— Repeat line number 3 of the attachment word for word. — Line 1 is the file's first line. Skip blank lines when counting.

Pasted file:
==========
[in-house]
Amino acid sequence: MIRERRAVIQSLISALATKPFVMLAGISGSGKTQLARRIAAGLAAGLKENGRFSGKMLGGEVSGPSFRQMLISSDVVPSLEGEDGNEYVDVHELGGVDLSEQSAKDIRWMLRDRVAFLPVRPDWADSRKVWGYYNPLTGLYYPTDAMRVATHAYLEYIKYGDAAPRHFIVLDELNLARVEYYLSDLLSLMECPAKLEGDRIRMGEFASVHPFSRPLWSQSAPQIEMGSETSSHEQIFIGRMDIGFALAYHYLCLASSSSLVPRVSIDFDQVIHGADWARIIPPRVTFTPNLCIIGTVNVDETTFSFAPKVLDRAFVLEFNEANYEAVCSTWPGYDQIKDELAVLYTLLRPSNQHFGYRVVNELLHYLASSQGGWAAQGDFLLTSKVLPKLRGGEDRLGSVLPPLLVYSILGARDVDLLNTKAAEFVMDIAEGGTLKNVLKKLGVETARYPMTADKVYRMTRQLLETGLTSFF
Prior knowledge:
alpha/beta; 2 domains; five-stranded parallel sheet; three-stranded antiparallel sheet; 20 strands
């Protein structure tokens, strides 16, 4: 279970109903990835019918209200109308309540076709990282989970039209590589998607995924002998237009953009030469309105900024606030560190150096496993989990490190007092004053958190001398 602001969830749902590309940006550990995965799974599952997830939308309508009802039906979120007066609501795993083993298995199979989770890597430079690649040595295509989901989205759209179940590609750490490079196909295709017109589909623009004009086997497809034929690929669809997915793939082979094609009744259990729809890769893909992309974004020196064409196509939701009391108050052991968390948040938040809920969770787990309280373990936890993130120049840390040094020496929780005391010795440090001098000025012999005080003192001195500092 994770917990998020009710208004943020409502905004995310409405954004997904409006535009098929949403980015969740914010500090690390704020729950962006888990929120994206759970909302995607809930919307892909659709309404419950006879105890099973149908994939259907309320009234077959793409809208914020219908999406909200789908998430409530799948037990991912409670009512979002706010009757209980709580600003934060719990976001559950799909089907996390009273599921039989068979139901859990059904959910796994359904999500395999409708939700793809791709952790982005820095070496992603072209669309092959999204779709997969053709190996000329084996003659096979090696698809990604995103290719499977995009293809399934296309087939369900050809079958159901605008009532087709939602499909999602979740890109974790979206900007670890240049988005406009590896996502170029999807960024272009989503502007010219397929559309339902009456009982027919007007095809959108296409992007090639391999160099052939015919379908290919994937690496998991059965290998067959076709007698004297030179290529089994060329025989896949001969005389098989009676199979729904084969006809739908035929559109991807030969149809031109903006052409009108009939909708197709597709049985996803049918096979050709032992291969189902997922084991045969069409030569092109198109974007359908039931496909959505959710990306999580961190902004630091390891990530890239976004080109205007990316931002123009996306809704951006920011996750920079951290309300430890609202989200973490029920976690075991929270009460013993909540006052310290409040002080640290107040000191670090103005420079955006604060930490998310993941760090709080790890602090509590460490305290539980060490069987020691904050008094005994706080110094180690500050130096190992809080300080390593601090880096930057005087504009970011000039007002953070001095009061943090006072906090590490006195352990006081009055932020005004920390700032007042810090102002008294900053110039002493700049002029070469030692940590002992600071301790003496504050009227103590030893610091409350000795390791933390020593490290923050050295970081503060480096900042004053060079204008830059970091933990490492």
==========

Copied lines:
Prior knowledge: